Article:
Although the term “macular microhole” has been used to refer to a small full-thickness macular hole before OCT became available,4,5 Zambarakji et al.2 reported that 15 of 18 (83%) eyes with a diagnosis of a microhole examined by OCT 3 had an outer retinal defect and there were no full-thickness retinal defects. Therefore, we use the term macular microhole to describe a defect in the outer retina.2,3,6 Lai and colleagues7 described a 62-year-old patient with a small full-thickness macular microhole with vitreofoveal separation and an operculum that resolved spontaneously, which was not a case of a macular microhole of the outer retinal defect. To resolve the controversy surrounding the term macular microhole, we propose that a small full-thickness retinal defect be referred to as a full-thickness macular microhole and an outer retinal defect be referred to as a macular microhole of the outer retinal defect.

Two possible theories have been forwarded about the outer retinal defect in the central fovea. Privat and colleagues8 reported the presence of a residual defect on OCT 3 scans in the photoreceptor layer at the foveal center in eyes with a macular hole that closed spontaneously preoperatively. Those investigators stated that if the posterior hyaloid detached from the macula with a pseudo-operculum is visible or if a posterior hyaloid detachment is complete in patients 60 years of age or older, the presence of a central foveal defect in the photoreceptor layer seems to indicate that a macular hole closed spontaneously. The authors also stated that there are other causes of small central disruptions of the foveal photoreceptor layer in younger patients. The status of the posterior hyaloid plays an important role in whether there has been spontaneous resolution of a macular hole or a macular microhole of the outer retinal defect. Although ruling out that a macular hole closed spontaneously is difficult in a case in which vitreofoveal separation is present initially, our current case is not such as case, because a full-thickness macular hole was not present when the posterior hyaloid was still attached to the fovea at the initial visit and the operculum was not visible after the posterior hyaloid was detached from the fovea.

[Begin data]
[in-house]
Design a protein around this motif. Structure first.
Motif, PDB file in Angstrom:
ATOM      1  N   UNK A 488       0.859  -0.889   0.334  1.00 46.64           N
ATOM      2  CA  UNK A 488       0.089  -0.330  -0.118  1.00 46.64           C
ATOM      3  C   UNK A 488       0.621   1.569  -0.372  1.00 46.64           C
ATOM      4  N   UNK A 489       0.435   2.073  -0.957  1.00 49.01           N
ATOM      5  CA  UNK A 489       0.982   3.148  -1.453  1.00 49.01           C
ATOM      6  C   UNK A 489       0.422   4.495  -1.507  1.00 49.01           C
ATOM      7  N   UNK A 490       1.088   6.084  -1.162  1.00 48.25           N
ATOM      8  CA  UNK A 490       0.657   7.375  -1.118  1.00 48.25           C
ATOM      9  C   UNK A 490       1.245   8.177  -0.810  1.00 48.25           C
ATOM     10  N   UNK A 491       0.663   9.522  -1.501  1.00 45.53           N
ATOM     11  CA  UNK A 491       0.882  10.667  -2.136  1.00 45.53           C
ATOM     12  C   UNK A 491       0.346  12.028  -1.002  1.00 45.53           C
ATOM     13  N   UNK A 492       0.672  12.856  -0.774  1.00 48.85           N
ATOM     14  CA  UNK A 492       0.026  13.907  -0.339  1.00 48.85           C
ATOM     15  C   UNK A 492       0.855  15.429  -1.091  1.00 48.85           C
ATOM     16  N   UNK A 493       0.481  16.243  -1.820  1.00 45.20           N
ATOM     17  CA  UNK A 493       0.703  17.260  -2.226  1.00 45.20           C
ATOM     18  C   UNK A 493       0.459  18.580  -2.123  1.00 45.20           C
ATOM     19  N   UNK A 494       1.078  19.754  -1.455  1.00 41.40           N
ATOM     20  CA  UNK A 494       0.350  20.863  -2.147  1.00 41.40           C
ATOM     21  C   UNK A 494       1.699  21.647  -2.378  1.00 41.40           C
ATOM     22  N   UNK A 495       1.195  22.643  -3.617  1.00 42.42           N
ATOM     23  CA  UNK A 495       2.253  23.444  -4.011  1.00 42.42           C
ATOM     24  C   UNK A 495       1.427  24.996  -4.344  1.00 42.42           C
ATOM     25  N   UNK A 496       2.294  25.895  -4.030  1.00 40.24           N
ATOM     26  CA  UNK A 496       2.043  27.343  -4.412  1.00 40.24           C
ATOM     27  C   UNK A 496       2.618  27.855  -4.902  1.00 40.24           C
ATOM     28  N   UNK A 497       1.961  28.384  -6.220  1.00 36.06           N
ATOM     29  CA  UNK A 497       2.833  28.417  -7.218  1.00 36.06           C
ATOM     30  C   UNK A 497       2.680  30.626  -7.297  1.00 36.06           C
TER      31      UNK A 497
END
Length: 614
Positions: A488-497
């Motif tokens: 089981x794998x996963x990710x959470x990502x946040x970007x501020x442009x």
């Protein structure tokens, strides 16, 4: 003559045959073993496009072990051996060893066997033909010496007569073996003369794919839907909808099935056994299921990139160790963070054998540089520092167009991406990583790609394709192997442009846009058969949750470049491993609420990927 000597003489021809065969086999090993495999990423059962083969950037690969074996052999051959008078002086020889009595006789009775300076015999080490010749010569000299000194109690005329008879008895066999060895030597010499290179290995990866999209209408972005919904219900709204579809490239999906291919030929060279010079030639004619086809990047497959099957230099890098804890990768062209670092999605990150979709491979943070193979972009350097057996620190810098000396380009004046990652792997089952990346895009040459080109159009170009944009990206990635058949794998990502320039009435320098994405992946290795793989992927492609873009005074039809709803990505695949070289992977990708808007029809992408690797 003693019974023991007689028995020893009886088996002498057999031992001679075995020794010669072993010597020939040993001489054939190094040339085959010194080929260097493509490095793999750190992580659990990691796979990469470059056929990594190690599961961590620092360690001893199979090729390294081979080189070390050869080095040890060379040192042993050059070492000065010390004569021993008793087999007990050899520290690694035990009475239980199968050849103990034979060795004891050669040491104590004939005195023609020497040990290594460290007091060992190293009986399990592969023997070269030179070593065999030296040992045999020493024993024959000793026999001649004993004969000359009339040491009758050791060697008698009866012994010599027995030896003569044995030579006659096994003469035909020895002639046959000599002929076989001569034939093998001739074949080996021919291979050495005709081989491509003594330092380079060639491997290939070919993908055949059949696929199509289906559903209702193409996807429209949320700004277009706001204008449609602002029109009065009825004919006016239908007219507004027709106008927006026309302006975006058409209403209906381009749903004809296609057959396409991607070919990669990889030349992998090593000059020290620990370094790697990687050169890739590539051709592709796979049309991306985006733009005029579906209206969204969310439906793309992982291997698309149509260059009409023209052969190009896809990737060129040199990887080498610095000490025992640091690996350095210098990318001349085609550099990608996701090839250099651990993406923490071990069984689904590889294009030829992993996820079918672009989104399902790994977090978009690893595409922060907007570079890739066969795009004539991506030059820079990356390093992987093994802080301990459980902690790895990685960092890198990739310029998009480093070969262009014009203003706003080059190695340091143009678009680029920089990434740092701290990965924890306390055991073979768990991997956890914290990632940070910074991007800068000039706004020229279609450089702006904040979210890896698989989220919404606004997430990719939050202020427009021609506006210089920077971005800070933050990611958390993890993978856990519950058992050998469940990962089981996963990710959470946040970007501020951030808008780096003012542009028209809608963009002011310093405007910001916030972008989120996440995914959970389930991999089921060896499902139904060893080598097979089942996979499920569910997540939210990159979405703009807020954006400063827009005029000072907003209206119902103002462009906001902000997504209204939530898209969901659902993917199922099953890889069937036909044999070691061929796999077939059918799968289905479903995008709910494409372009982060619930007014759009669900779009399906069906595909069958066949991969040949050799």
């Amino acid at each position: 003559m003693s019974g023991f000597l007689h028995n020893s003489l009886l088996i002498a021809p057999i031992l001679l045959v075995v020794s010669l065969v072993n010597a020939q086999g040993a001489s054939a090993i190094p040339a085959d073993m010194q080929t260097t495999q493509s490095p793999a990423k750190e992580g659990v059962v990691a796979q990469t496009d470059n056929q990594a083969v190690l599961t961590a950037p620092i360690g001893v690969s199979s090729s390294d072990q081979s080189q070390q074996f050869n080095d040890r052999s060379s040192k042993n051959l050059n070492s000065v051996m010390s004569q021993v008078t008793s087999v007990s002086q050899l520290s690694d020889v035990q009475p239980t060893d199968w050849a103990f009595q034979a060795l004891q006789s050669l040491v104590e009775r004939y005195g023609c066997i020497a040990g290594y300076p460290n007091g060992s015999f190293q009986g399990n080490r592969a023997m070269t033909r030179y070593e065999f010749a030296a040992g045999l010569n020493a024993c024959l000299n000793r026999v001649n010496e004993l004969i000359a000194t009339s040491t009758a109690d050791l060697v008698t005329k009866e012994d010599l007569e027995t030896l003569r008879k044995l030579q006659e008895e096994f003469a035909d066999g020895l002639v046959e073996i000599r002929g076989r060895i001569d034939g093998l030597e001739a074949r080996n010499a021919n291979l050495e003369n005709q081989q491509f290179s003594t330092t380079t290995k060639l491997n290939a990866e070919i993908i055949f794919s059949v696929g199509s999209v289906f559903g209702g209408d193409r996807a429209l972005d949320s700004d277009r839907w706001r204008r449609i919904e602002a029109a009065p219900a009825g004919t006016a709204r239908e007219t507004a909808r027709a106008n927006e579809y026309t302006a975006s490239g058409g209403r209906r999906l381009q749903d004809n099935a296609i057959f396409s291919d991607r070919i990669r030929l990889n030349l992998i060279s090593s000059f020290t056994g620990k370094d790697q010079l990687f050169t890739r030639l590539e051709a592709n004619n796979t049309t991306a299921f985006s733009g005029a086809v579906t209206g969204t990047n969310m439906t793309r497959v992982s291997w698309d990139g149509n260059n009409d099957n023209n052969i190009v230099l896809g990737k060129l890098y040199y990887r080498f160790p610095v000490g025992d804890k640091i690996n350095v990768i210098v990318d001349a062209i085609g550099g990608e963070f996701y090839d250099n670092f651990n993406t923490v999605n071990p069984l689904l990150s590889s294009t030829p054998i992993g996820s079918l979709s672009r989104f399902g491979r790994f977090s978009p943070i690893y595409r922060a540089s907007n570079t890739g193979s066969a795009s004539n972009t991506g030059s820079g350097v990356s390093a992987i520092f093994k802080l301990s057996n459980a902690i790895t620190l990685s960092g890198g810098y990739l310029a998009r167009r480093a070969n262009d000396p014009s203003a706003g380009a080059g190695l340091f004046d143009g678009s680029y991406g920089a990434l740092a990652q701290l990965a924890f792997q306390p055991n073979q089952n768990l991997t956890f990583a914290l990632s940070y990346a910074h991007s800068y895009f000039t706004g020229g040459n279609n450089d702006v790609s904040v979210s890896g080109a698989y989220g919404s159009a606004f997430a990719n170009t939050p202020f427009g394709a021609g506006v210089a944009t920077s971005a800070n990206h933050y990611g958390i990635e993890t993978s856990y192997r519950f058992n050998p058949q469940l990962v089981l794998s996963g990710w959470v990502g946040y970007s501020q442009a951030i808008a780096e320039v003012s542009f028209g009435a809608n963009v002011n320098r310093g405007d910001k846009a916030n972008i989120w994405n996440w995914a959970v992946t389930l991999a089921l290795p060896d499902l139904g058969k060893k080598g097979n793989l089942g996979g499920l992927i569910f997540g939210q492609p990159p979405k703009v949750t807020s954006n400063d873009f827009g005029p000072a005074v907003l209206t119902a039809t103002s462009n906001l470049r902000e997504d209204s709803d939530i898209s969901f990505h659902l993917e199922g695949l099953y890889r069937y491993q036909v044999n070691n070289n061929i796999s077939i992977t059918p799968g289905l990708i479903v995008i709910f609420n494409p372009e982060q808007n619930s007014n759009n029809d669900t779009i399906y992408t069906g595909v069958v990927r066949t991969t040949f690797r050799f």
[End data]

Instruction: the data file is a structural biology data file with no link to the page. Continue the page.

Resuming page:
The quality of the OCT 3 images of the posterior hyaloid was weak, although it resembled a perifoveal PVD in a smooth convex curve. Therefore, we used the OCT ophthalmoscope to highlight the status of the posterior hyaloid in the smooth biconvex curve of a perifoveal PVD. However, the quality of the OCT scans of the posterior hyaloid near the fovea is lower and cannot clearly show the vitreofoveal adhesion, and the OCT ophthalmoscope image showed a small area of hyperreflectivity of the irregular foveal contour in the fovea, possibly indicating vitreofoveal adhesion. Several stages of partial PVD have been defined using OCT; Uchino et al.9 reported that the initial manifestation of PVD is a focal shallow detachment from the perifoveal retina, with persistent attachment to the fovea and optic nerve head in the smooth biconvex curve of the posterior vitreous hyaloid. This aged-related PVD starts initially in healthy eyes as early as the fourth decade of life. Therefore, in the current case of a macular microhole of an outer retinal defect observed at the first visit, the posterior hyaloid was detached partially over the posterior pole but still adhered to the fovea, resulting in a biconvex appearance.

The current case was similar to those cases described by Witkin and colleagues10 those authors reported an irregular foveal contour and perifoveal PVD with metamorphopsia without photoreceptor layer abnormalities on a high-speed ultra-high-resolution OCT image. They also reported a case similar to the current case; however, the OCT findings of that patient had photoreceptor disruption with an irregular foveal contour and vitreofoveal separation without metamorphopsia and images of vitreofoveal adhesion or perifoveal PVD.11 In the current case, the elevation in the photoreceptor layer may have resulted from a perifoveal PVD, because the outer foveal anatomy returned to normal over time after vitreomacular separation with resolution of visual symptoms. Gass speculated that the ultrastructure of the Müller cell cone binds the photoreceptor cells to the foveola.12 A macular hole was theorized to develop as the result of anteroposterior traction resulting from a perifoveal PVD.13 Although a study with a larger number of patients is needed to determine if this is the mechanism by which macular microholes develop in an outer retinal defect, contraction of the prefoveolar vitreous cortex may cause mild traction on the Müller cell cone, resulting in small abnormalities in the photoreceptor layer.

References

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  13. Gaudric A, Haouchine B, Massin P, Paques M, Blain P, Erginay A. Macular hole formation: new data provided by optical coherence tomography. Arch Ophthalmol. 1999;117:744–751.
Authors

From the Department of Ophthalmology, Asahikawa Medical College, Asahikawa, Japan.

The authors have no financial or proprietary interest in the materials presented herein.

Address correspondence to Atsushi Takahashi, MD, Department of Ophthalmology, Asahikawa Medical College, 2-1-1-1, Midorigaoka-Higashi, Asahikawa, 078-8510, Japan.

10.3928/15428877-20100215-24